"It's easy to assume that the spouse's psychological well-being may affect the ability to give emotional and practical support," Forsberg-Wärleby says. "This is an important question that needs to be investigated. "In its first phase, a stroke is usually an unexpected event, one perceived as an existential threat that causes a breakdown in everyday life," she notes. "Being given more detailed information by health care professionals about what to expect, and how to deal with problems that arise, can help spouses overcome their negative psychological reactions, adapt better to the circumstances and develop a more positive attitude toward the future."

But merely making this information available isn't enough, the research shows. "The spouse needs to be able to integrate the information as knowledge," explains Forsberg-Wärleby. "To achieve this, the information must be given in a respectful way that gives the spouse a sense of importance in the patient's recovery and is based on the spouse's own perceived needs. "It's very important for health professionals to pay attention to the spouse's psychological health as well as the patient's," she notes.
Co-authors of the study are Anders Möller, Ph.D., and Christian Blomstrand, M.D., Ph.D. NR01-1307 (Stroke/Forsberg-Wärleby)

Editor's note: The American Stroke Association, a division of the American Heart Association, provides information and support services for stroke survivors and their families through the Stroke Family Support Network. For more information call 1-888-4-STROKE.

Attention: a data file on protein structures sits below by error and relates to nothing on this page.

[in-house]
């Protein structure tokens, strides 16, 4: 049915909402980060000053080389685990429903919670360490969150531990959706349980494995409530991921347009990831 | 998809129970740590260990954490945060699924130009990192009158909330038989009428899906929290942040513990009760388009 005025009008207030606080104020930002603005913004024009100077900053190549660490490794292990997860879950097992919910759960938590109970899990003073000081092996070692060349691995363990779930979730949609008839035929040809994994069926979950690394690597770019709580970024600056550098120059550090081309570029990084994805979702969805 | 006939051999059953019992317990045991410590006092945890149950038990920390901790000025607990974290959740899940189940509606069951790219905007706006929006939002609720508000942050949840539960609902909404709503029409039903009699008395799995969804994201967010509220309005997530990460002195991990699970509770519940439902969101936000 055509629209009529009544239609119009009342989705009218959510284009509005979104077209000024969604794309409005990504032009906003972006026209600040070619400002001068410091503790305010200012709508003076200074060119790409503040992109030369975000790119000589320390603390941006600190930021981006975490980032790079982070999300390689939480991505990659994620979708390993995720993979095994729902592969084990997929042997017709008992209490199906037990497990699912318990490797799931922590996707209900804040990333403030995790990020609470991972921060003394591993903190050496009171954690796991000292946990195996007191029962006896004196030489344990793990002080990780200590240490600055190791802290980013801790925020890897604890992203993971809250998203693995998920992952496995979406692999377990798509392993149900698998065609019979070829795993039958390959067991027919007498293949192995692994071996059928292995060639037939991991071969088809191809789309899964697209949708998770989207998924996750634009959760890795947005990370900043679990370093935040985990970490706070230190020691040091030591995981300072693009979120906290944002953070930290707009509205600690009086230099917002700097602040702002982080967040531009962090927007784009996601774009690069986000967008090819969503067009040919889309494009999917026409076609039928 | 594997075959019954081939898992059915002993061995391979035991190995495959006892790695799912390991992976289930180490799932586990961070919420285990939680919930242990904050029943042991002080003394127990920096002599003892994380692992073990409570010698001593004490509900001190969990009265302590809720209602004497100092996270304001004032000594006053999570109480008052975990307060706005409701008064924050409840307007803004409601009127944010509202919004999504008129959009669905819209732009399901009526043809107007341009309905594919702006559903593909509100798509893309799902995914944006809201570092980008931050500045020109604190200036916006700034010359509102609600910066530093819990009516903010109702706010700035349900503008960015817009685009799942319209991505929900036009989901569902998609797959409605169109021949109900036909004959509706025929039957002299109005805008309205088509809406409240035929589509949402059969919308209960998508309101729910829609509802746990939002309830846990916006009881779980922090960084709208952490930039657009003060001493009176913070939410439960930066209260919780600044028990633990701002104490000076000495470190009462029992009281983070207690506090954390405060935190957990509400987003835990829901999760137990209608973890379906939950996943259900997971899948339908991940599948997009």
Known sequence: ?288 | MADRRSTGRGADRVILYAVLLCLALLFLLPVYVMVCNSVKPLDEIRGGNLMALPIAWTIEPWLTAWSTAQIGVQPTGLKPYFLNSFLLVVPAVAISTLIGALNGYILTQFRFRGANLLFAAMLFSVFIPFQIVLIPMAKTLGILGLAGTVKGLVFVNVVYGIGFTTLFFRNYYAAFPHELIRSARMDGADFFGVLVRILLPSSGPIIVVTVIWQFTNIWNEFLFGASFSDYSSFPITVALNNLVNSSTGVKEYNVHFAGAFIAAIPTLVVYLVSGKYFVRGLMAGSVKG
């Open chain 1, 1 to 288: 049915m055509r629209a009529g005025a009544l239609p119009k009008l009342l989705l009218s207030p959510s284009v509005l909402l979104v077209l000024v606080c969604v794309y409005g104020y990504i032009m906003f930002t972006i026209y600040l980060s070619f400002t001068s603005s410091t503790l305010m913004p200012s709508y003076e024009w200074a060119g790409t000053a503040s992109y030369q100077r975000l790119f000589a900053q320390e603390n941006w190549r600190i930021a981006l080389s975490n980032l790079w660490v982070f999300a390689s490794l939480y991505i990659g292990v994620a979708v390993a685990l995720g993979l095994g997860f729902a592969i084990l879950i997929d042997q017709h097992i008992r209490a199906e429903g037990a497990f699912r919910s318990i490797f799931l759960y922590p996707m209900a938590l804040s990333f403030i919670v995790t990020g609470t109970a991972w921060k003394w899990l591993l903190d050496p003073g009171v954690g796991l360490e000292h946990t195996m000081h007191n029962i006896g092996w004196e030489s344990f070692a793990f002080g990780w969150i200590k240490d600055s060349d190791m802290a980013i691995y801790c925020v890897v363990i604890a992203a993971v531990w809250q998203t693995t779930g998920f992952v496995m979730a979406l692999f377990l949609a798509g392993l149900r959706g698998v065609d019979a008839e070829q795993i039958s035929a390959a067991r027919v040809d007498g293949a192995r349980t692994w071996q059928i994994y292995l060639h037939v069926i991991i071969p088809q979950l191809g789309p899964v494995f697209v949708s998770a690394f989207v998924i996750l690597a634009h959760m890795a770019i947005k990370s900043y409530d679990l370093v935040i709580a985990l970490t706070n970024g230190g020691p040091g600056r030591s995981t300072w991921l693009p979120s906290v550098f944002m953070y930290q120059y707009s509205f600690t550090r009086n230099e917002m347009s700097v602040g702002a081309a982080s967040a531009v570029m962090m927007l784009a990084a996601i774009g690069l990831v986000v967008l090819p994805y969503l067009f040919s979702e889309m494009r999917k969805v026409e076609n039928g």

CONTACT: For journal copies only, please call: 214-706-1396. For other information, call: Carole Bullock: 214-706-1279. Bridgette McNeill: 214-706-1135.

American Heart Association

Related Stroke Articles from Brightsurf:

Stroke alarm clock may streamline and accelerate time-sensitive acute stroke care
An interactive, digital alarm clock may speed emergency stroke care, starting at hospital arrival and through each step of the time-sensitive treatment process.

Stroke patients with COVID-19 have increased inflammation, stroke severity and death
Stroke patients who also have COVID-19 showed increased systemic inflammation, a more serious stroke severity and a much higher rate of death, compared to stroke patients who did not have COVID-19, according a retrospective, observational, cross-sectional study of 60 ischemic stroke patients admitted to UAB Hospital between late March and early May 2020.

'Time is vision' after a stroke